By Everett Brazil, III
The hA family has been farming in Harmon County for several generations. It is their lifeblood, and they are constantly striving to find new technologies and practices to improve their operation and the land.
One of the biggest advancements they have turned to the past few years has been the adoption of no-till management in 2010, which has led to an improvement in their wheat and cotton.
“We were trying to conserve moisture as much as possible,” Seth Brookman said. “That was probably the biggest factor, and the next biggest was wind erosion in cotton.”
As seedlings, cotton plants are vulnerable to wind and sand, which can destroy the plant even before it begins setting bolls.
“The young cotton plants are really tender,” he said. “If you get wind and dirt blowing, it can cut them off at the ground, and you’ve lost your stand of cotton.”
Many producers have adopted the management practice to conserve soil moisture, as well as the soil itself, for better stewardship of the land. Historically, many farms have used conventional tillage to cut down on weeds and insects and even disease presence, as it buries the pathogen in the soil where it cannot impact the crop. No-till, however, eliminates plowing in favor of conservation.
“No-till is farming without tillage – no plowing of any kind, no soil disturbance, other than planting,” said Melissa Teague, USDA-Natural Resources Conservation Service (NRCS) District Conservationist, Harmon County. “No-till can reduce erosion by wind and water and improve water infiltration and moisture retention. It can moderate soil temperatures, and it can stop losses of organic matter.”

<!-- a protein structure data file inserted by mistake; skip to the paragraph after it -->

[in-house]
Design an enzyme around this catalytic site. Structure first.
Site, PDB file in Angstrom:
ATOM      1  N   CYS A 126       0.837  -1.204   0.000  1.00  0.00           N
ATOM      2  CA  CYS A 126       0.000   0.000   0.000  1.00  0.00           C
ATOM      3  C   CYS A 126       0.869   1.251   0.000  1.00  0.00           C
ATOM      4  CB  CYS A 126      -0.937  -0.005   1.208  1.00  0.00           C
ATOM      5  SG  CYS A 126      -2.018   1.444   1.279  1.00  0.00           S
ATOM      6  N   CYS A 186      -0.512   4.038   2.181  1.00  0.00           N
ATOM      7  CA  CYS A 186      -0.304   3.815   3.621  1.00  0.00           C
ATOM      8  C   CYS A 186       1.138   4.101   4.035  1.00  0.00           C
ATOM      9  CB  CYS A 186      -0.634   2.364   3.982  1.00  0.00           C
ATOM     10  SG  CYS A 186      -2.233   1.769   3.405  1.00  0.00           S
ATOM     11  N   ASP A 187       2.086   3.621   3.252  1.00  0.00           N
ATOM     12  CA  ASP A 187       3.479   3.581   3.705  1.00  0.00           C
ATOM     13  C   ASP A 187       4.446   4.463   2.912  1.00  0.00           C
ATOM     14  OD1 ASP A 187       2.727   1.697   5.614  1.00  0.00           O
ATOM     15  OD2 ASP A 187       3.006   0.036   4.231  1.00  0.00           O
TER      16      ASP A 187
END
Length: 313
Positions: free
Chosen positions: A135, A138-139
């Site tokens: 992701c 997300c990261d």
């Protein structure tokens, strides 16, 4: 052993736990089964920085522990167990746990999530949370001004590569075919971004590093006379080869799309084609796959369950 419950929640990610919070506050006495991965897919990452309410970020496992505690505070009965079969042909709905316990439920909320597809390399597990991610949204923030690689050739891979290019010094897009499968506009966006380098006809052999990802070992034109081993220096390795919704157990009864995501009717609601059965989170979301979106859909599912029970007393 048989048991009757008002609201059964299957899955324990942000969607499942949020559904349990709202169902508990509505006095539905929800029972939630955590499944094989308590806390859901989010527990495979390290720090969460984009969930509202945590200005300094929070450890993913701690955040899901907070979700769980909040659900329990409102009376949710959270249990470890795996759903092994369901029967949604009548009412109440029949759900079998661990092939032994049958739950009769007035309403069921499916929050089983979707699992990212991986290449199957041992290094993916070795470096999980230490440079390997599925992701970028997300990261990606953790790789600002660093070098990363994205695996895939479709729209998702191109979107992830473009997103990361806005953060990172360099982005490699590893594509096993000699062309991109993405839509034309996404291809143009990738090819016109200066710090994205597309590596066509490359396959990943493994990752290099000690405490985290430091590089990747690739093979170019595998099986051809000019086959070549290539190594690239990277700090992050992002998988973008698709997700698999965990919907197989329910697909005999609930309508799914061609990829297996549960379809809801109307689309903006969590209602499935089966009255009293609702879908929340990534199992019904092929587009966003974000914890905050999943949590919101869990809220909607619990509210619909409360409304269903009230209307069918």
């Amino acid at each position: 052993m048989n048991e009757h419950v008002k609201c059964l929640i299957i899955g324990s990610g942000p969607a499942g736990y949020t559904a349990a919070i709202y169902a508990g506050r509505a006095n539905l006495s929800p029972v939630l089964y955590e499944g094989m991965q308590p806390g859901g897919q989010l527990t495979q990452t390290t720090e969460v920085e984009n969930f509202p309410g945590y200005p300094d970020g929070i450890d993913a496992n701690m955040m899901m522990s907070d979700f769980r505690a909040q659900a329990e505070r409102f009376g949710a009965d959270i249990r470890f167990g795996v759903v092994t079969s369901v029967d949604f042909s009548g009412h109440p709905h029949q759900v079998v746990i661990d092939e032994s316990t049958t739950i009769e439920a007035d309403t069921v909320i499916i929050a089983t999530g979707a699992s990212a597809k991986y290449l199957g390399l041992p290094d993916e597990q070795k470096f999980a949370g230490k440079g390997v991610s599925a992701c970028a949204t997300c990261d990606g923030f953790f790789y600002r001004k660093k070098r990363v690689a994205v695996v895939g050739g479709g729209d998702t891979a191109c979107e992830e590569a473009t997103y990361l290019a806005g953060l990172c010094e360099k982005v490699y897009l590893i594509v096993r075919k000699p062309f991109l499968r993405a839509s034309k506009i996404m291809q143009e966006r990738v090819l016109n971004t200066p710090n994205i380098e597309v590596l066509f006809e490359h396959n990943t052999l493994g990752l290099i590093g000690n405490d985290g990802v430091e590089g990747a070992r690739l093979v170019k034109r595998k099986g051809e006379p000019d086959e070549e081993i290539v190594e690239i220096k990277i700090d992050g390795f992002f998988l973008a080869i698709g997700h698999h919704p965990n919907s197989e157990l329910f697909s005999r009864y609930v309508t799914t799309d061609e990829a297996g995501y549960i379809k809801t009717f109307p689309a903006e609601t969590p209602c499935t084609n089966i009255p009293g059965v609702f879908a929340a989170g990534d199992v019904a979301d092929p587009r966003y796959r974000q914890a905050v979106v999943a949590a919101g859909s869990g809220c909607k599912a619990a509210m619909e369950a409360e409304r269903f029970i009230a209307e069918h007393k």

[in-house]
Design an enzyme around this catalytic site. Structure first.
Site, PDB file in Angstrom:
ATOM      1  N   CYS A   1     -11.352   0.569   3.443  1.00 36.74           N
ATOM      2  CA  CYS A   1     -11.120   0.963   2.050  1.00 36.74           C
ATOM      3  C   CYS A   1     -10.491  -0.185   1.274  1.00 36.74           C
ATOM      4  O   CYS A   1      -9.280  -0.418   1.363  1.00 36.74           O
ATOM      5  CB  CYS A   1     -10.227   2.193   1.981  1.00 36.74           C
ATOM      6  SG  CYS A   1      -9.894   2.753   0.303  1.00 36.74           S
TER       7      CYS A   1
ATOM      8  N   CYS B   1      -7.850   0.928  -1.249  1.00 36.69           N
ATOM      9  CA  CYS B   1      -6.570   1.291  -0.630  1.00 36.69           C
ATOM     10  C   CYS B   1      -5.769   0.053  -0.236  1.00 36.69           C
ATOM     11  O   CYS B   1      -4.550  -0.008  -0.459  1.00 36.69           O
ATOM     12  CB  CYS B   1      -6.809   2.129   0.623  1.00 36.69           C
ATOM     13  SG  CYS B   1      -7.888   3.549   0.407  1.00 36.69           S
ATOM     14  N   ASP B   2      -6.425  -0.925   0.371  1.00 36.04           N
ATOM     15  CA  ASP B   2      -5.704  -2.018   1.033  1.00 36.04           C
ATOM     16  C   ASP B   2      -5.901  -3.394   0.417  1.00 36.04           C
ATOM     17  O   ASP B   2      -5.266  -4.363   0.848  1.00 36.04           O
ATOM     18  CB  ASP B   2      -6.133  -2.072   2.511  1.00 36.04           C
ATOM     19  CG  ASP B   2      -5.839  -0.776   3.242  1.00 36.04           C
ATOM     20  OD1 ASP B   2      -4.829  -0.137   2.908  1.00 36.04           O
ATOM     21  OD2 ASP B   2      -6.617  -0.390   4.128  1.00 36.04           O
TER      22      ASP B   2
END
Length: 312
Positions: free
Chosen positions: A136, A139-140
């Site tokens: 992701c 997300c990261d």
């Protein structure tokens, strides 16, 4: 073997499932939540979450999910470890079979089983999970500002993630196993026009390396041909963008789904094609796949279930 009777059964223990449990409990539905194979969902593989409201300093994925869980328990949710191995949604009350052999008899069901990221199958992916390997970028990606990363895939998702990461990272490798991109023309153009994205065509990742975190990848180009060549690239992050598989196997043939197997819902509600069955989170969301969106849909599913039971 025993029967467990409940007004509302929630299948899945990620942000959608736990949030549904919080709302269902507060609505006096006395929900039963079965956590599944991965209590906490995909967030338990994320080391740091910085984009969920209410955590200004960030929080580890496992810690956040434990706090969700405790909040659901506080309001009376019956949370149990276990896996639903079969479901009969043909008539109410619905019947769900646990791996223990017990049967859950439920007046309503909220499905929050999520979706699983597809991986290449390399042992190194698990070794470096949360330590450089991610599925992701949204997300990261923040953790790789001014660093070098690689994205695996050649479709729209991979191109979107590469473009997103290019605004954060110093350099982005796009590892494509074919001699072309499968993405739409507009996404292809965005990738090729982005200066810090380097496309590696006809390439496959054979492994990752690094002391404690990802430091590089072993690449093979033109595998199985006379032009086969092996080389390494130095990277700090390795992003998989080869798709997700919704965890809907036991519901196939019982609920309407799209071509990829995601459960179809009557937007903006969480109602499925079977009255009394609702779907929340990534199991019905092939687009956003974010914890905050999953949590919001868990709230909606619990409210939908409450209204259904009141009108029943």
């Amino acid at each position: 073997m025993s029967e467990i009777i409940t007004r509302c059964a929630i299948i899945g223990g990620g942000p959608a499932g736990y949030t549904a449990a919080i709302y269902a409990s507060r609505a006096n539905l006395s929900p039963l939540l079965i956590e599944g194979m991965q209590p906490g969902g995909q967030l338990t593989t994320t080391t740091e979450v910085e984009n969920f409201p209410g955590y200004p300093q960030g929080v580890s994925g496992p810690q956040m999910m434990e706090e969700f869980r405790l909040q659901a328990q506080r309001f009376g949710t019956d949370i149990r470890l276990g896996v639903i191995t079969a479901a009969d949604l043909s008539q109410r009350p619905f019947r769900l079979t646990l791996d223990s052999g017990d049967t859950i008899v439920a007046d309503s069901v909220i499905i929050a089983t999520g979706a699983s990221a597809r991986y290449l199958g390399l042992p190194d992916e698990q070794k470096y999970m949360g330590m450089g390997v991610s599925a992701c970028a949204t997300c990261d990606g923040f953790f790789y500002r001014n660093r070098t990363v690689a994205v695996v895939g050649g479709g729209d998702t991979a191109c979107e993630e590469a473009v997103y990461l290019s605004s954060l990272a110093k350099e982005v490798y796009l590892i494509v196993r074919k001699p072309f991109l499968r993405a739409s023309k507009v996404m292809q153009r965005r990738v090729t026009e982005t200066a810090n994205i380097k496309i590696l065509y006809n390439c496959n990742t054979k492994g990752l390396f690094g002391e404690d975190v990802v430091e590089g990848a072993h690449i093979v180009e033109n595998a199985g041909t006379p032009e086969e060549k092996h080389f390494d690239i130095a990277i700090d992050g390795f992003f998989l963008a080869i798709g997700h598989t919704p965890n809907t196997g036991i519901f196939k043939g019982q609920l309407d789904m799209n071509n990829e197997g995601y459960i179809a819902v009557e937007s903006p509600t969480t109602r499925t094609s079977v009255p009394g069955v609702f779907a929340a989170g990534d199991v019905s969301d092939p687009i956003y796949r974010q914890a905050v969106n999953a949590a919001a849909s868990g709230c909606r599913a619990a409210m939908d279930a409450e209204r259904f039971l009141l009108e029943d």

The secret is leaving a residue from the previous crop on the surface of the field. The residue, along with the plants remaining in the field, also helps keep the nutrient cycle functioning. Modern soil science has found there are many beneficial organisms in the soil that help break down the residue and incorporate nutrients into the soil, which can aid in fertilization.
“There is a whole ecosystem that lies under the soil surface; it consists of bacteria and fungi and other beneficial micro-organisms as well as earthworms,” Teague said. “They utilize crop residues and break it down, making the nutrients available in the soil for the next crop to use. Tillage interrupts the cycle, and no-till can help the cycle continue to run, on a limited basis.”
Read the May issue to learn more!